Promotion represents all of the communications that
a marketer may use in the marketplace.
Promotion has four distinct elements -
advertising, public relations, word of mouth
and point of sale. A certain amount of
crossover occurs when promotion uses the four
principal elements together, which is common
in film promotion. Advertising covers any
communication that is paid for, from cinema
commercials, radio and Internet adverts through
print media and billboards. Public relations are
where the communication is not directly paid
for and includes press releases, sponsorship
deals, exhibitions, conferences, seminars or
trade fairs and events. Word of mouth is any
apparently informal communication about the
product by ordinary individuals, satisfied
customers or people specifically engaged to
create word of mouth momentum. Sales staff
often plays an important role in word of mouth
and Public Relations (see Product above).
In the context of the marketing mix, promotion
represents the various aspects of marketing
communication, that is, the communication of
information about the product with the goal of

generating a positive customer response. Marketing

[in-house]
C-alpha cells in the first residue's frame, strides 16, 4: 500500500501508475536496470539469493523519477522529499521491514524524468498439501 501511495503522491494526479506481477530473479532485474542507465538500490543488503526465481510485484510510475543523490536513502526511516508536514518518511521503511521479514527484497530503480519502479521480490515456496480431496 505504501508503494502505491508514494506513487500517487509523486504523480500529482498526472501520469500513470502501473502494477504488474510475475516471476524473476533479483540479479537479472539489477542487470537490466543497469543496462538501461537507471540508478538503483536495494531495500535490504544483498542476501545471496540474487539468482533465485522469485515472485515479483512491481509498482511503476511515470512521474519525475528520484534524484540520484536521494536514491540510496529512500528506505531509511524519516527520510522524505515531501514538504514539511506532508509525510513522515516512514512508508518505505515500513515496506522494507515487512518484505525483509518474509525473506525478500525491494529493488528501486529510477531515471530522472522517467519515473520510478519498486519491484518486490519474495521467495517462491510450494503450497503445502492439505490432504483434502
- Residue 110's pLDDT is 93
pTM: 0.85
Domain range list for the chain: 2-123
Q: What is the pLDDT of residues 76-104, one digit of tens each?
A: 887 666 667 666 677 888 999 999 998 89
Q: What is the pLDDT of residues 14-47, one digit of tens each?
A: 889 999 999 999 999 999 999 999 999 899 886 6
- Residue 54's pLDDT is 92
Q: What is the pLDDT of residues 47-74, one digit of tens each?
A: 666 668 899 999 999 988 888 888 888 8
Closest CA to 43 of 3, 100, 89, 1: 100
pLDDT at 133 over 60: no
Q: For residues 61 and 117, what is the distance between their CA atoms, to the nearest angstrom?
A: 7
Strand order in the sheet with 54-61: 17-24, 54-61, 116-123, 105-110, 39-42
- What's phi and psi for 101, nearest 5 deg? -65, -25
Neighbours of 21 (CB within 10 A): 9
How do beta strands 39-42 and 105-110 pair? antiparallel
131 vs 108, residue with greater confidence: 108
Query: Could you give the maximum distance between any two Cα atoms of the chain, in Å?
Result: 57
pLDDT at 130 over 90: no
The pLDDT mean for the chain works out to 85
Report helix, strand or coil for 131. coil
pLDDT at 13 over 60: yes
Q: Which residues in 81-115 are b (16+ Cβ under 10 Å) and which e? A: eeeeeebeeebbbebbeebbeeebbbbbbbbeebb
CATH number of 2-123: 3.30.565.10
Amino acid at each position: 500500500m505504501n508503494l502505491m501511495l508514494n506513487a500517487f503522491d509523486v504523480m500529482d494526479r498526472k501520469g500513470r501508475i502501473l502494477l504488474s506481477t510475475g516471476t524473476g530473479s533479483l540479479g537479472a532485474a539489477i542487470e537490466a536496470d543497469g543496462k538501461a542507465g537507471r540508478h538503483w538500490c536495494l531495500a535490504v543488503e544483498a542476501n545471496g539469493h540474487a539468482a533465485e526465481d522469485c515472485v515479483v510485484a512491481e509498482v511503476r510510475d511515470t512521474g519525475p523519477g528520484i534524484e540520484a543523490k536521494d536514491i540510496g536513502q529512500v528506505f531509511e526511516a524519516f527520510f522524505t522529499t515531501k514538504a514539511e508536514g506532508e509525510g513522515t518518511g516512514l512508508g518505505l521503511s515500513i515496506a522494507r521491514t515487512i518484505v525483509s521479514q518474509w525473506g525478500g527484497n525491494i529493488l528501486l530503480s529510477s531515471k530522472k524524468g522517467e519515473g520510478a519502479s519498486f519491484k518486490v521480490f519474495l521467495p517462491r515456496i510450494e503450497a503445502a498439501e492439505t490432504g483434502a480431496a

communication decisions include:
• Promotional strategy (push, pull, etc.)
• Advertising
• Personal selling & sales force
• Sales promotions
• Public relations & publicity
• Marketing communications budget
Packaging also needs to be taken into consideration.
Broadly defined, optimizing the marketing mix is the
primary responsibility of marketing. By offering the
product with the right combination of the four Ps
marketers can improve their results and marketing
effectiveness. Making small changes in the marketing
mix is typically considered to be a tactical
change.Parm Bains says Making large changes in any
of the four Ps can be considered strategic. For
example, a large change in the price, say from $19.00
to $39.00 would be considered a strategic change in
the position of the product. However a change of
$130 to $129.99 would be considered a tactical
change, potentially related to a promotional offer.
The term 'marketing mix' however, does not imply
that the 4P elements represent options. They are not
trade-offs but are fundamental marketing issues that
always need to be addressed. They are the

fundamental actions that marketing requires whether
determined explicitly or by default.